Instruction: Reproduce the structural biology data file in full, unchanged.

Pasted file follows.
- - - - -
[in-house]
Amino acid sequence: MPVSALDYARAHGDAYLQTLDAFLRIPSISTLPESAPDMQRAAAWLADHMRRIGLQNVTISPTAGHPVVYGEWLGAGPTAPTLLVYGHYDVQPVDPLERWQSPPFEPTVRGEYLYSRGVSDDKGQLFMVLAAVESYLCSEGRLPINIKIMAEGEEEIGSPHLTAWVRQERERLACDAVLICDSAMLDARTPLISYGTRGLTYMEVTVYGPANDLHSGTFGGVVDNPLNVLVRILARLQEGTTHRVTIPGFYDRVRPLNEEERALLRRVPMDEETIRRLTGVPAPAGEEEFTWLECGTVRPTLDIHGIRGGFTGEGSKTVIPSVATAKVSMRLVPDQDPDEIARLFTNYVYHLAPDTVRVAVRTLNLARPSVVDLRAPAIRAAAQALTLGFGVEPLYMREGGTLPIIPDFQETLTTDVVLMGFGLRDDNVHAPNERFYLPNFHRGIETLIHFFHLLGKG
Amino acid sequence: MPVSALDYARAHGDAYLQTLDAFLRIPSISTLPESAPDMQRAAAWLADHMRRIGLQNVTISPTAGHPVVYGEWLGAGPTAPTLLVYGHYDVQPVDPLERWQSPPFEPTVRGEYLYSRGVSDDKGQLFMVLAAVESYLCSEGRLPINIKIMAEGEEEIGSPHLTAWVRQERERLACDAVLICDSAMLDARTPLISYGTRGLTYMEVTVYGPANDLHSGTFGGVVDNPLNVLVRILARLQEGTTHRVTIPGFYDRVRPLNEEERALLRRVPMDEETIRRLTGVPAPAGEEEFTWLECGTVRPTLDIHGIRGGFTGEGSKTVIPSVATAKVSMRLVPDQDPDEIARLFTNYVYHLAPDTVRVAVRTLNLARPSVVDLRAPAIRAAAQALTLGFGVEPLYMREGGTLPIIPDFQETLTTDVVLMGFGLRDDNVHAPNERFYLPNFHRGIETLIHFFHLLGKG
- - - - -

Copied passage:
[in-house]
Amino acid sequence: MPVSALDYARAHGDAYLQTLDAFLRIPSISTLPESAPDMQRAAAWLADHMRRIGLQNVTISPTAGHPVVYGEWLGAGPTAPTLLVYGHYDVQPVDPLERWQSPPFEPTVRGEYLYSRGVSDDKGQLFMVLAAVESYLCSEGRLPINIKIMAEGEEEIGSPHLTAWVRQERERLACDAVLICDSAMLDARTPLISYGTRGLTYMEVTVYGPANDLHSGTFGGVVDNPLNVLVRILARLQEGTTHRVTIPGFYDRVRPLNEEERALLRRVPMDEETIRRLTGVPAPAGEEEFTWLECGTVRPTLDIHGIRGGFTGEGSKTVIPSVATAKVSMRLVPDQDPDEIARLFTNYVYHLAPDTVRVAVRTLNLARPSVVDLRAPAIRAAAQALTLGFGVEPLYMREGGTLPIIPDFQETLTTDVVLMGFGLRDDNVHAPNERFYLPNFHRGIETLIHFFHLLGKG
Amino acid sequence: MPVSALDYARAHGDAYLQTLDAFLRIPSISTLPESAPDMQRAAAWLADHMRRIGLQNVTISPTAGHPVVYGEWLGAGPTAPTLLVYGHYDVQPVDPLERWQSPPFEPTVRGEYLYSRGVSDDKGQLFMVLAAVESYLCSEGRLPINIKIMAEGEEEIGSPHLTAWVRQERERLACDAVLICDSAMLDARTPLISYGTRGLTYMEVTVYGPANDLHSGTFGGVVDNPLNVLVRILARLQEGTTHRVTIPGFYDRVRPLNEEERALLRRVPMDEETIRRLTGVPAPAGEEEFTWLECGTVRPTLDIHGIRGGFTGEGSKTVIPSVATAKVSMRLVPDQDPDEIARLFTNYVYHLAPDTVRVAVRTLNLARPSVVDLRAPAIRAAAQALTLGFGVEPLYMREGGTLPIIPDFQETLTTDVVLMGFGLRDDNVHAPNERFYLPNFHRGIETLIHFFHLLGKG